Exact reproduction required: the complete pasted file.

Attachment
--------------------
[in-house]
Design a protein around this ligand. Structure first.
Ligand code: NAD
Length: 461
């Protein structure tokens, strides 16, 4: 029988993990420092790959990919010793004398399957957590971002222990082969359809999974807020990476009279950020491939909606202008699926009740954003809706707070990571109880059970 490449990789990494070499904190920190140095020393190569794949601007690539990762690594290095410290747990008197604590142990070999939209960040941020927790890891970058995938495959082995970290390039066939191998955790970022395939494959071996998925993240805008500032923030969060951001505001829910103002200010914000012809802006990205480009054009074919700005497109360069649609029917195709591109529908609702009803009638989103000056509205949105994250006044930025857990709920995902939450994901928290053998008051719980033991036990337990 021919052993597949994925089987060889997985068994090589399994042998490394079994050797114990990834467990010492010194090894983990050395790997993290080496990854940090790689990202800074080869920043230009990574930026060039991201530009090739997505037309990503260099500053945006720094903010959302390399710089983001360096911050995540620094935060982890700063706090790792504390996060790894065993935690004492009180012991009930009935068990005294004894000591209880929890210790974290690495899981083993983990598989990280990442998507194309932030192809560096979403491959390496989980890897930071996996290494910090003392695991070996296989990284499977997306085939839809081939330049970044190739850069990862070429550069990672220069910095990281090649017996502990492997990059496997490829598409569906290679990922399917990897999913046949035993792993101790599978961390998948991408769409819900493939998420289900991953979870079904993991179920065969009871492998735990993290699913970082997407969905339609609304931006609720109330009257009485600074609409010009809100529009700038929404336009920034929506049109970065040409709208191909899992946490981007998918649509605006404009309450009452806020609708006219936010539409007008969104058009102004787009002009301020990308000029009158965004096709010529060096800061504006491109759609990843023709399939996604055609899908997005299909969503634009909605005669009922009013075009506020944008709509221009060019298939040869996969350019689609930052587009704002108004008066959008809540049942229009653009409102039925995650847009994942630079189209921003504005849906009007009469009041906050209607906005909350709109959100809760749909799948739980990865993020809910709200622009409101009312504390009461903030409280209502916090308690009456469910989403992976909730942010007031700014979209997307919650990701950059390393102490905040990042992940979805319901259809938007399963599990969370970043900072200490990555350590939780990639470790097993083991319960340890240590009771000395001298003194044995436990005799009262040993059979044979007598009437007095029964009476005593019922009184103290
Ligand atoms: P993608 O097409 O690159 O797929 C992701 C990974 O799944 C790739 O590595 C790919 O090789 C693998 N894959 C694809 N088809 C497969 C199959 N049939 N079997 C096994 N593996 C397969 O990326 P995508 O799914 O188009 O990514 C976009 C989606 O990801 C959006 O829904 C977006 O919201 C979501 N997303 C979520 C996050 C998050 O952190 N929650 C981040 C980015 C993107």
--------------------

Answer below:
[in-house]
Design a protein around this ligand. Structure first.
Ligand code: NAD
Length: 461
């Protein structure tokens, strides 16, 4: 029988993990420092790959990919010793004398399957957590971002222990082969359809999974807020990476009279950020491939909606202008699926009740954003809706707070990571109880059970 490449990789990494070499904190920190140095020393190569794949601007690539990762690594290095410290747990008197604590142990070999939209960040941020927790890891970058995938495959082995970290390039066939191998955790970022395939494959071996998925993240805008500032923030969060951001505001829910103002200010914000012809802006990205480009054009074919700005497109360069649609029917195709591109529908609702009803009638989103000056509205949105994250006044930025857990709920995902939450994901928290053998008051719980033991036990337990 021919052993597949994925089987060889997985068994090589399994042998490394079994050797114990990834467990010492010194090894983990050395790997993290080496990854940090790689990202800074080869920043230009990574930026060039991201530009090739997505037309990503260099500053945006720094903010959302390399710089983001360096911050995540620094935060982890700063706090790792504390996060790894065993935690004492009180012991009930009935068990005294004894000591209880929890210790974290690495899981083993983990598989990280990442998507194309932030192809560096979403491959390496989980890897930071996996290494910090003392695991070996296989990284499977997306085939839809081939330049970044190739850069990862070429550069990672220069910095990281090649017996502990492997990059496997490829598409569906290679990922399917990897999913046949035993792993101790599978961390998948991408769409819900493939998420289900991953979870079904993991179920065969009871492998735990993290699913970082997407969905339609609304931006609720109330009257009485600074609409010009809100529009700038929404336009920034929506049109970065040409709208191909899992946490981007998918649509605006404009309450009452806020609708006219936010539409007008969104058009102004787009002009301020990308000029009158965004096709010529060096800061504006491109759609990843023709399939996604055609899908997005299909969503634009909605005669009922009013075009506020944008709509221009060019298939040869996969350019689609930052587009704002108004008066959008809540049942229009653009409102039925995650847009994942630079189209921003504005849906009007009469009041906050209607906005909350709109959100809760749909799948739980990865993020809910709200622009409101009312504390009461903030409280209502916090308690009456469910989403992976909730942010007031700014979209997307919650990701950059390393102490905040990042992940979805319901259809938007399963599990969370970043900072200490990555350590939780990639470790097993083991319960340890240590009771000395001298003194044995436990005799009262040993059979044979007598009437007095029964009476005593019922009184103290
Ligand atoms: P993608 O097409 O690159 O797929 C992701 C990974 O799944 C790739 O590595 C790919 O090789 C693998 N894959 C694809 N088809 C497969 C199959 N049939 N079997 C096994 N593996 C397969 O990326 P995508 O799914 O188009 O990514 C976009 C989606 O990801 C959006 O829904 C977006 O919201 C979501 N997303 C979520 C996050 C998050 O952190 N929650 C981040 C980015 C993107």